We were recently asked by a friend the following question: I entered into a pre-trial diversion program for my DWI, can I remove that from my record? The short answer is: yes, usually you can but please read the message below to get a better understanding of what the Program is and why you are allowed to apply for an Expunction under that program. A pre-trial diversion or intervention program is a type of probationary period that some counties offer. I is a lot like getting put on regular probation, however, unlike probation, if successfully completed, the case will be dismissed. You will also appreciate that you don’t have to report to a probation officer once a month like on regular or deferred adjudication probation. You might have heard that term “deferred adjudication” before so don’t confuse that with a “deferred prosecution”, “pre-trial diversion”, or “intervention” program. The diversion program (consider this term for deferred prosecution and intervention programs too) is designed so you never enter the criminal justice system. Or if you are already in the system, you are taken out of the official system and offered a way to stay out of it.
A diversion program allows for you to enter into an agreement with the prosecuting attorney for the state in the County where you were arrested. Typically, you agree to do certain things and avoid certain things for a set period of time within the statute of limitations for the crime you are accused of. For DWI arrests the goal is to allow you to avoid a DWI conviction while assuring the prosecutor that you will not continue to drink and drive in the future. It is embarrassing for the prosecutor to allow you into this program and then get arrested for another DWI later on. You will be asked to do things that will help you avoid that subsequent arrest.
Many times the State wants you to get an evaluation to make sure you do not have an alcohol or drug problem. If the evaluation recommends that you take classes or counseling then that would be part of the agreement. You will be required to not get arrested during the period of the agreement, usually one year but for a more complicated situation it could be 18 months to a year period of time. The facts of your case will determine the exact terms of your agreement along with things like, what is the policy of that prosecutor, your prior criminal history and is MADD against the program, to list a few issues.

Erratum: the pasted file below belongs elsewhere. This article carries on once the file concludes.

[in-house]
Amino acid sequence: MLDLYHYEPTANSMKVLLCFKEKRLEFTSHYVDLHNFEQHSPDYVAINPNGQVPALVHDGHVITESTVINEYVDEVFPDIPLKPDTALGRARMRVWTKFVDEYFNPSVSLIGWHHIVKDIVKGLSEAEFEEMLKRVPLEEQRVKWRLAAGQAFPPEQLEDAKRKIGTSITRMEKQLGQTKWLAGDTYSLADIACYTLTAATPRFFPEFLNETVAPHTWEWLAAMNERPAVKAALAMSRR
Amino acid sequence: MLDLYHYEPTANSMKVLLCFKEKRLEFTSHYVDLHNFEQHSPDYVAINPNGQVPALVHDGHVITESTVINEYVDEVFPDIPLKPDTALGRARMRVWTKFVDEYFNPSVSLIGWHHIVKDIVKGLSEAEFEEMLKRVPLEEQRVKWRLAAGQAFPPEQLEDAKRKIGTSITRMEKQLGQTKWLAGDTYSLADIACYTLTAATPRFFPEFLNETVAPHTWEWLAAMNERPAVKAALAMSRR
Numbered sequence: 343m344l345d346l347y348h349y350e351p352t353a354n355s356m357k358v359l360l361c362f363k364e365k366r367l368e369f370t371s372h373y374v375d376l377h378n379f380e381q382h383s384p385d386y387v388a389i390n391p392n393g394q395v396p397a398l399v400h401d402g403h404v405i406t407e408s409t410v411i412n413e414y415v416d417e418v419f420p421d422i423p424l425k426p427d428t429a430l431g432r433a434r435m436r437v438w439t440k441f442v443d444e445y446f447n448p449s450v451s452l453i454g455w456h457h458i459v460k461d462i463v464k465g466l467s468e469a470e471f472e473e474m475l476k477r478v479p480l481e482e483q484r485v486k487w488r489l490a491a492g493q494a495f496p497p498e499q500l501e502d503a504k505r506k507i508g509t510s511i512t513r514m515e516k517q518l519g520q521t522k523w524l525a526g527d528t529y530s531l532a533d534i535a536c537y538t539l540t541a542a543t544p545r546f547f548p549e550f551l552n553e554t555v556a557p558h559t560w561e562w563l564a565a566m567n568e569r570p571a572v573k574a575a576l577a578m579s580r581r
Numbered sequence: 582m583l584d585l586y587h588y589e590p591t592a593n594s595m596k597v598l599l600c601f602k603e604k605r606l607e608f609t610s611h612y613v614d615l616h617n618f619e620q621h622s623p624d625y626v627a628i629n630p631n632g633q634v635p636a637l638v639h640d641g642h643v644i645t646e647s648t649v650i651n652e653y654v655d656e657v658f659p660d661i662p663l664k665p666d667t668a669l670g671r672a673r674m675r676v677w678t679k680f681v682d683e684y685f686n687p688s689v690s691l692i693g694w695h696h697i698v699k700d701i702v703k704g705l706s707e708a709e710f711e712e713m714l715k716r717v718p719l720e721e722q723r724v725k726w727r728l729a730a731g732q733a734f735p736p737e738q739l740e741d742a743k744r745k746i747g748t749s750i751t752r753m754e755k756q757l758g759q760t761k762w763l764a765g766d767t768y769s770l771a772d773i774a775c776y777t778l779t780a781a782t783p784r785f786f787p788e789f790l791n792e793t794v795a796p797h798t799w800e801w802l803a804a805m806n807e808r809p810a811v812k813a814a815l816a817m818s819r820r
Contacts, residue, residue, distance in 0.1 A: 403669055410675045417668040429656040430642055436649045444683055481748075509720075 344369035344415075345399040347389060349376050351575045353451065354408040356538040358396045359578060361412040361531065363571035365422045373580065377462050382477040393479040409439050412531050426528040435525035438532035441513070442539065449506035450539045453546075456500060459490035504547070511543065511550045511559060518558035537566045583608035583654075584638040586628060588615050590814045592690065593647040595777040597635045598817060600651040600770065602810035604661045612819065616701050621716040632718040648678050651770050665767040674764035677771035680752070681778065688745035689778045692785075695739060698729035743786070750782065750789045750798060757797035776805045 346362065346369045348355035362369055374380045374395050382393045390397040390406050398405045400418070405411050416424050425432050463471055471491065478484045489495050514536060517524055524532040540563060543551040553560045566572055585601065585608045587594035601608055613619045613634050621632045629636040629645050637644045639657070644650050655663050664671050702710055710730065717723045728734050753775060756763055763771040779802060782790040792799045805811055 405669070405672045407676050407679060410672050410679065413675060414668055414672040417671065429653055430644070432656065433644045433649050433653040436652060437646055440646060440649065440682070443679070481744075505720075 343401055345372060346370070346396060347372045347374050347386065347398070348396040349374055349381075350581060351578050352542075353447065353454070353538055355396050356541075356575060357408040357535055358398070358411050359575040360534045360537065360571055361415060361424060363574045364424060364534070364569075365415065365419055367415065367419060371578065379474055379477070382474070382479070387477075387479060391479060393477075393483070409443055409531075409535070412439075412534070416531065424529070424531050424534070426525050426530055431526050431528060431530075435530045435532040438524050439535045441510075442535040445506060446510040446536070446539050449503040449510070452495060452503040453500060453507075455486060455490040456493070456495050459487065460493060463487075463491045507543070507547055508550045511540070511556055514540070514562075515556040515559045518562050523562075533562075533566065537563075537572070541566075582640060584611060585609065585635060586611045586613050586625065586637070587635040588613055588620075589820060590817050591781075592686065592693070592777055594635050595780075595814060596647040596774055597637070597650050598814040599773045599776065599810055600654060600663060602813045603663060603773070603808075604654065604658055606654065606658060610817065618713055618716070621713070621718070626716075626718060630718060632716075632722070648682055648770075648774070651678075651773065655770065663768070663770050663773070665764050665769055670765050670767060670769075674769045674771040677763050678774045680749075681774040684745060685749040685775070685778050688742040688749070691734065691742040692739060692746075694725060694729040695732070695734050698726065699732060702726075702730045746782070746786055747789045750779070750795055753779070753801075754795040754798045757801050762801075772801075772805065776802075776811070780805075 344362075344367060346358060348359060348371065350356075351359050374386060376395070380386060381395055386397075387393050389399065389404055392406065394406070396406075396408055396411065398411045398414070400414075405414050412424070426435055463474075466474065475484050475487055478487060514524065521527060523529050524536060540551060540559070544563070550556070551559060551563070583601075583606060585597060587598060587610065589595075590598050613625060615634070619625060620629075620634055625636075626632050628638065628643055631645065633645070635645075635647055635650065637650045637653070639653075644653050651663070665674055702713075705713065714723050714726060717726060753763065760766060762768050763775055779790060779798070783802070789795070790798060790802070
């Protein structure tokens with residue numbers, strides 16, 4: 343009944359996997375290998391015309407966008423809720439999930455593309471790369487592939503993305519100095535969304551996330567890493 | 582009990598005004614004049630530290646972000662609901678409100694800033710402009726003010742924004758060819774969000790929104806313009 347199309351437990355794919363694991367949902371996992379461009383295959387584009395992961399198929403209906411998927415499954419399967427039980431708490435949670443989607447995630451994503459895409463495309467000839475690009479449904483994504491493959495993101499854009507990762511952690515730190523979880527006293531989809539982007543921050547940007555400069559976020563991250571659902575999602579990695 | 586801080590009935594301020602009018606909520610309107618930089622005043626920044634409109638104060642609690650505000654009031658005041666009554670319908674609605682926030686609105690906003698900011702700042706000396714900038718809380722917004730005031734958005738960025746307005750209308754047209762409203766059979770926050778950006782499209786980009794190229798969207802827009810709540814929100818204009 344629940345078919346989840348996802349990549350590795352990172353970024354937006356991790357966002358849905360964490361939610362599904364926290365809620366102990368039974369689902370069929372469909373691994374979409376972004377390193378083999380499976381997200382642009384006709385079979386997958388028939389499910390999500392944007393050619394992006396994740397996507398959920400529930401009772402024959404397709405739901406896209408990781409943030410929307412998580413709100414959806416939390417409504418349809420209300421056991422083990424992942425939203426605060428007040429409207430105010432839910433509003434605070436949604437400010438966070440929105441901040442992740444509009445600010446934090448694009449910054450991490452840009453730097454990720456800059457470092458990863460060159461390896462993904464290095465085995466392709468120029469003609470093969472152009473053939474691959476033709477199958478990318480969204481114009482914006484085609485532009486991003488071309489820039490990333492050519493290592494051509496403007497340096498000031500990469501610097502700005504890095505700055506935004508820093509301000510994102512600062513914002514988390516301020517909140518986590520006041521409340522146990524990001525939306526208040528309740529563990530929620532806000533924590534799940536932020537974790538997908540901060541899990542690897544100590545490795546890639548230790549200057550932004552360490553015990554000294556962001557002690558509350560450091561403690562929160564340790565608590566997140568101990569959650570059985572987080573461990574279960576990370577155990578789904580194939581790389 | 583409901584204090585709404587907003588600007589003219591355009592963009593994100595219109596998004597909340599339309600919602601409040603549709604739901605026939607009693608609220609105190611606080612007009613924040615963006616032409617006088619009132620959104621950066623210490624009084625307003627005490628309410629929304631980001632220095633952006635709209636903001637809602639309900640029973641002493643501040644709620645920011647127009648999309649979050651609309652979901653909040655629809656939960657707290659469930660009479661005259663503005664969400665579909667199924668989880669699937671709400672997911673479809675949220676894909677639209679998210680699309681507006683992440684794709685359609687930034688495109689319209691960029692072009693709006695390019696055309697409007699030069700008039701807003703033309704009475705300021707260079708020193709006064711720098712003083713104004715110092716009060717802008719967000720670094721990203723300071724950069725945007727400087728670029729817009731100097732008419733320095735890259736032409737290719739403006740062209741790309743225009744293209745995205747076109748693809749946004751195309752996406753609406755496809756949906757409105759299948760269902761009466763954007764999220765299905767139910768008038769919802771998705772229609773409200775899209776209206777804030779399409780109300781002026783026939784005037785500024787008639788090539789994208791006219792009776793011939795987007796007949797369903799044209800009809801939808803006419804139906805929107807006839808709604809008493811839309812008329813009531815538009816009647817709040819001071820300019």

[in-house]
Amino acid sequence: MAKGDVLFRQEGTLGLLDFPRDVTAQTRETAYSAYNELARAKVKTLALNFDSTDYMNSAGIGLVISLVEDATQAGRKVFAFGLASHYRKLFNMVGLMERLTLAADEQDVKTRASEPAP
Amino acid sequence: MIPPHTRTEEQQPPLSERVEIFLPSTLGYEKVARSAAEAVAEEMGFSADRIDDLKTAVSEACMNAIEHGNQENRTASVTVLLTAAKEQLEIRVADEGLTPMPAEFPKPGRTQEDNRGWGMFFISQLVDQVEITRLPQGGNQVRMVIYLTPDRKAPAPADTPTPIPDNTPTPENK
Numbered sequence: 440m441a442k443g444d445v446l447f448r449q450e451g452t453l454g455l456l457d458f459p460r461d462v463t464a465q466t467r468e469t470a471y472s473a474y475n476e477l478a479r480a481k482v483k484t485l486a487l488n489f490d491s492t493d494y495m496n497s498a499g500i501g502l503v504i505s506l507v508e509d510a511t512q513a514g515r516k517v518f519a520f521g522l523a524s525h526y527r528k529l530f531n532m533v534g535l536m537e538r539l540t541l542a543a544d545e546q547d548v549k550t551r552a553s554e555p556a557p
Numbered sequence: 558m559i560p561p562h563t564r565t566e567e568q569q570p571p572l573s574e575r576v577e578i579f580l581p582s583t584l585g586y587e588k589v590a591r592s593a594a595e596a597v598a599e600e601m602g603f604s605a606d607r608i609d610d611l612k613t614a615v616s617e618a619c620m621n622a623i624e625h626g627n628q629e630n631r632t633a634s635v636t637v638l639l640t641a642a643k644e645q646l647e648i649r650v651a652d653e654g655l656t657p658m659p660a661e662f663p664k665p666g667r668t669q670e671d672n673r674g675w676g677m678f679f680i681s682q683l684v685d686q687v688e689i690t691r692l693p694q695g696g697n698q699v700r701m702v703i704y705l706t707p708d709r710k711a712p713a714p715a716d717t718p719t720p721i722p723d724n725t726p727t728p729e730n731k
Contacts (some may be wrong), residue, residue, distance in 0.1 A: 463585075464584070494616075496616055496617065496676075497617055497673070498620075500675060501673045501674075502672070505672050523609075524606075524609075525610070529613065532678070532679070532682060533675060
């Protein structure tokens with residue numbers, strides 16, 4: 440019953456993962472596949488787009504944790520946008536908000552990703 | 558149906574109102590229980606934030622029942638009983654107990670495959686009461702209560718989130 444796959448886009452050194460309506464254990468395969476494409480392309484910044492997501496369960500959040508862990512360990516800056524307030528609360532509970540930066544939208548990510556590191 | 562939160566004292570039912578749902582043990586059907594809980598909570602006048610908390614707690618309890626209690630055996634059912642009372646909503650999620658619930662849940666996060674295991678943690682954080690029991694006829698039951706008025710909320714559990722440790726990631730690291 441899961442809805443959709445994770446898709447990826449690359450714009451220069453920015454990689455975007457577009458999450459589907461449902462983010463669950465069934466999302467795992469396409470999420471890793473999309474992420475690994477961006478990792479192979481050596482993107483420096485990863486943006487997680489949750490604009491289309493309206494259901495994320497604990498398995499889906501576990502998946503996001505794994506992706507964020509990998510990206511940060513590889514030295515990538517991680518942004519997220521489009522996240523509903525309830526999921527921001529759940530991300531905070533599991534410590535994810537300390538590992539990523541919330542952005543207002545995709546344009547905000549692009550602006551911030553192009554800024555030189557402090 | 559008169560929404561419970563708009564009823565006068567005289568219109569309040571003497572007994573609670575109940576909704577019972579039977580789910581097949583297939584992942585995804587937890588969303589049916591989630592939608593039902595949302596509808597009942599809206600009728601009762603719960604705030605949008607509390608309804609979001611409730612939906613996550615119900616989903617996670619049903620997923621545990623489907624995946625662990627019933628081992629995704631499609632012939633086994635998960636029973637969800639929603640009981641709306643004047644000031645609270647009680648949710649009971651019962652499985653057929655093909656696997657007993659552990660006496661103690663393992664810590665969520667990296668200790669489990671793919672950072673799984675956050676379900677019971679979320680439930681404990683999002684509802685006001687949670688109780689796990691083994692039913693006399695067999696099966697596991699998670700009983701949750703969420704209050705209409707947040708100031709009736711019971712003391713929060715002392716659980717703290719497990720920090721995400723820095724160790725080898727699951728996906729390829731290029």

In most counties, it is possible to remove a pre-trial diversion or pre-trial intervention program from your record once successfully completed. Although some Counties require you to waive you right to expunge the arrest record as part of the agreement. That is why should hire a firm like ours that understands these programs and gives you the information to make the right choice in the matter. You should also Expunge the record of your arrest to protect your good name for the future. An expunction is the procedural step in erasing your record completely. The experienced attorneys at our offices can handle the expunction for you. Once filed, an expunction is set for a hearing and can be challenged by DPS, the County Attorney’s office, the District Attorney’s office or any agency involved in your arrest and pre-trial diversion program. That is another reason to hire our firm, we know ahead of time whether they will object or go along with your desire to expunge the matter. The trickiest part about expunging the records from a pretrial diversion or intervention program is if there is any opposition to your expunction. If the prosecutor agrees to the expunction order, then it makes it much easier for you to get rid of that record.
It becomes much more of a challenge if the prosecutor challenges the expunction for various reasons and you have a contested hearing. You really need to hire our office to fight this battle for you. We are available to answer your questions at 210-394-3833 and 512-278-0935, our phone are answered 24 hours a day, seven days a week.